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Minka Aire Light WaveCeiling Fan - 52" White
“Your ceiling fan should feel seamless and act as a quiet contribution to your overall design!”
- B. Powers, Interior Designer
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I love the challenge presented by small spaces, perhaps nowhere more than in the kitchen. How do you squeeze a functioning galley into a small space and still maintain a certain level of aesthetic in the process?
The standard bearer of the self-contained mini kitchen is Boffi's Mincucine (pictured above). Designed in 1963 with a volume just shy of 11 cubic feet, this mini kitchen covers cooking, refrigeration and storage in a space the size of an office desk, wrapped in a brilliant, minimalist design.
The original Minicucine was updated in 2007 with a gorgeous matte Corian finish.
Students at ENSCI, the famed Parisian industrial design school were clearly influenced by Boffi when they designed their Modern Space Saving Mini Kitchen. Sliding counters and a streamlined design give the concept piece a Star Trek allure.
With storage, prep and cooking all wrapped into a single, mobile unit, these kitchens contain everything but the lighting. Mini-pendant lights are a great way to light these minimalist wonders without overpowering their diminutive size.
Hinkley Hampton Wide Nickel Mini Pendant Light, (left) Polished Nickel Hybrid Mini Pendant (right)
Mini kitchens can seem almost automotive in their presentation. Concept photos show gleaming stand-alone pieces with doors swung open and there's a distinct emphasis as much on performance as on form. Designers Adriano Conti, Corrado Galzio and Alex Innamorati pack a lot of punch into their design, including a vegetable washer, dishwasher, refrigerator, small pantry and oven. At approximately three feet in diameter, this design could be tucked away into a closet when house guests arrive. Or as the photo shows, it makes a decent cocktail table too.
A trend toward higher density living no doubt necessitates small living solutions, yet as logistically accomplished as compacted island kitchen concepts are, more conservative back-to-the-wall designs may be best suited to widespread use. The K1 Kitchen from French company Kitchoo is a minimalist bureau design that integrates easily with a variety of hospitality and home projects.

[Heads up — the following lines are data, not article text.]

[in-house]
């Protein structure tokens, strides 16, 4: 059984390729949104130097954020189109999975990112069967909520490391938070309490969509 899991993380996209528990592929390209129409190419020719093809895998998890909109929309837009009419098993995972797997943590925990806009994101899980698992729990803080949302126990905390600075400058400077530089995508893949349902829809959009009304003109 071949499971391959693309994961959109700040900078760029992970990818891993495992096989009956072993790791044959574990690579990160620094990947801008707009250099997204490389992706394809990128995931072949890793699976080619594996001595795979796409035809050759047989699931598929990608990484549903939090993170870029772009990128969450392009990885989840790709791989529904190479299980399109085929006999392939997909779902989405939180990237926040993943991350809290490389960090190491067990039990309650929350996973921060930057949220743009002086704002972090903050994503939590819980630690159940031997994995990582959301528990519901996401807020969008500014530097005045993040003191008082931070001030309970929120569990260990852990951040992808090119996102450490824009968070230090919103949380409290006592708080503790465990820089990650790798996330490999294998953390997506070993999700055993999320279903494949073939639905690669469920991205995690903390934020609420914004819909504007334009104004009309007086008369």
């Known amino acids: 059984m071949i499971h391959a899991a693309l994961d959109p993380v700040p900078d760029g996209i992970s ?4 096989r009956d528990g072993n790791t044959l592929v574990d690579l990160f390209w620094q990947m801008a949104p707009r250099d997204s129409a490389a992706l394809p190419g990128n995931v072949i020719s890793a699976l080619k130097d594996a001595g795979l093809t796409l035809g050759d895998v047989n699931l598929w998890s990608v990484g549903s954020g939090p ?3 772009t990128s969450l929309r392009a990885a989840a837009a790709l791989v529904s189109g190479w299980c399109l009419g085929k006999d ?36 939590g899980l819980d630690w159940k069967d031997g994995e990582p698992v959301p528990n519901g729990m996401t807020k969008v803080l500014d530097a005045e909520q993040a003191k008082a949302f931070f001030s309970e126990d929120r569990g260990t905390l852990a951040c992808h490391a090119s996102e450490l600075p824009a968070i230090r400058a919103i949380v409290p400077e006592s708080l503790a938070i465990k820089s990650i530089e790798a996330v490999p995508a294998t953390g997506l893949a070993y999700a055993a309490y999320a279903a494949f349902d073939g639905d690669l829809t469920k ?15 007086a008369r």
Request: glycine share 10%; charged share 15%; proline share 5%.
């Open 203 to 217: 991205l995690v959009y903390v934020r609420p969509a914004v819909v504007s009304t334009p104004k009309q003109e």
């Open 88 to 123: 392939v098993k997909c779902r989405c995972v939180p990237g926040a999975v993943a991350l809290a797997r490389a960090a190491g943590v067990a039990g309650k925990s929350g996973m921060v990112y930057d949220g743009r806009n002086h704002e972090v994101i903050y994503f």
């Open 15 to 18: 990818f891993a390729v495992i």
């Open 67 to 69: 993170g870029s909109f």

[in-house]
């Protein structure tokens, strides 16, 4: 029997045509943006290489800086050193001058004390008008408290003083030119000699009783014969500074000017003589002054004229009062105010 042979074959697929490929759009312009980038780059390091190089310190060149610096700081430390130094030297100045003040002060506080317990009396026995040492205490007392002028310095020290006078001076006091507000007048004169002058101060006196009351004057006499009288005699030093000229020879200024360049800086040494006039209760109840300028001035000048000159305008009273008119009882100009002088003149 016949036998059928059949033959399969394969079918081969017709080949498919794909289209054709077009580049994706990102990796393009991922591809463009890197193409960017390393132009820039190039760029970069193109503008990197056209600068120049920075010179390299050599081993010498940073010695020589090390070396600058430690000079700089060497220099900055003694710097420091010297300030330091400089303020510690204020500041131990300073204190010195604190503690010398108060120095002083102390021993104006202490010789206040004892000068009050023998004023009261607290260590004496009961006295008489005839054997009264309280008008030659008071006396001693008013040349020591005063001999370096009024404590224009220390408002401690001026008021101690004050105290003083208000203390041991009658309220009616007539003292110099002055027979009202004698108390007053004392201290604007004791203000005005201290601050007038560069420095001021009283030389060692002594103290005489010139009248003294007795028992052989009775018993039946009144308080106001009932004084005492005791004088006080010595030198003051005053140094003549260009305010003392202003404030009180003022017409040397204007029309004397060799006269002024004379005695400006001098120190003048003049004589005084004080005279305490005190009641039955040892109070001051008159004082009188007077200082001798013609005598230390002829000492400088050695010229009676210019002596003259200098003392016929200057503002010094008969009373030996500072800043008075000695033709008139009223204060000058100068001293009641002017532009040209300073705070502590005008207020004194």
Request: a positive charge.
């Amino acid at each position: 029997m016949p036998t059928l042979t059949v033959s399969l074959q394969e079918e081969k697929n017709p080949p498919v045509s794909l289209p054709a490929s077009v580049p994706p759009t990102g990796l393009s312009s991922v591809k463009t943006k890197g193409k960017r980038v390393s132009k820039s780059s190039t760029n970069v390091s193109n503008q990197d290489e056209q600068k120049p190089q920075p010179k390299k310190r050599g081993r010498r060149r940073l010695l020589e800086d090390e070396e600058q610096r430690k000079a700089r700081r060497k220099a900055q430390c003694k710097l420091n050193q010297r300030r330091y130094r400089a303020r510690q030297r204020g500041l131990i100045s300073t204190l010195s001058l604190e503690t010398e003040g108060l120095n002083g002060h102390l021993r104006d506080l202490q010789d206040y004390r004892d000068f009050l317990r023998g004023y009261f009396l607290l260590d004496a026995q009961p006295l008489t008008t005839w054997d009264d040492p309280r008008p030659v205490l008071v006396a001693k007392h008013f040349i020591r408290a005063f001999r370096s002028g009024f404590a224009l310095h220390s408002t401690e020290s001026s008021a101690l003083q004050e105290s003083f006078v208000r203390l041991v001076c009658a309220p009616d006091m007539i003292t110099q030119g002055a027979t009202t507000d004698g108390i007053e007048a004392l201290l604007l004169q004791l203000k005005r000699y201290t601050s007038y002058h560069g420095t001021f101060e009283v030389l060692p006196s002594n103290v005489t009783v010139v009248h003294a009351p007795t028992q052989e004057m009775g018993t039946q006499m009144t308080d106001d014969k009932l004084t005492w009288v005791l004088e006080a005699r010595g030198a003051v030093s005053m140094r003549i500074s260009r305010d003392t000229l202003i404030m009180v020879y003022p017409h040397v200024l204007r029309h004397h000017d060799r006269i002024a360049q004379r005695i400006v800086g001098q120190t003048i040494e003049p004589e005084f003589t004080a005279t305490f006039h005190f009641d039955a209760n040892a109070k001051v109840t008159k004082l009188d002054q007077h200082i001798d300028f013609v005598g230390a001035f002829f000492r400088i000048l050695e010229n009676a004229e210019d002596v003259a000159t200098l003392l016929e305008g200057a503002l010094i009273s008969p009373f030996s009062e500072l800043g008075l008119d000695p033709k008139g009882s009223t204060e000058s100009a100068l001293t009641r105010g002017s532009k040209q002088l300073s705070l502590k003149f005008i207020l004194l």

When space is an issue, modularity often carries the day, offering flexibility that stand-alone mini kitchens do not. Forget about what's on the stove, Snaidero's modular Code kitchen system is worth salivating over. It looks great with ample floor space, but can be scaled down to fit a much smaller footprint.
The Library Kitchen system, designed by Phillipe Starck for Warendorf, wraps the kitchen appliances in bookshelves, merging the cultural and the culinary for tight spaces.
When counter space is tight, it can be critical to utilize air space. Use stemware racks, recessed under cabinet lights and hanging pot racks to help keep cabinets and counters free.
Living small requires living smart. With a variety of excellent plug-and-play and modular systems out there, living small can mean living well too.
Images: Informinteriors, Doublemesh, Freshome, Snaidero, Home Designing
Brent Turner is an architecture, design and art writer who adores elegantly simple distillations of complex design problems. You'll often catch him waxing poetic about how such creative problem solving is not only the essence of a successful art and design practice, but of science, engineering, and well, life in general. A California native, Brent was educated at U.C. San Diego where he was first exposed to clumsy yet endearingly avant-garde institutional art and architecture. In the years since, he has expanded his interest base to include all types of interior, graphic and industrial design. His best personal designs are made with Legos, and it's for this reason that Brent confines his own public creative work to wordsmithing. When he isn't writing, he hosts an art and design podcast called Beer & Tall Buildings.
Brent lives in the Silverlake neighborhood of Los Angeles with his cat Buster. If you can't reach him by phone or email, he's most likely on a mountaintop somewhere and promises to call you back as soon as he descends.
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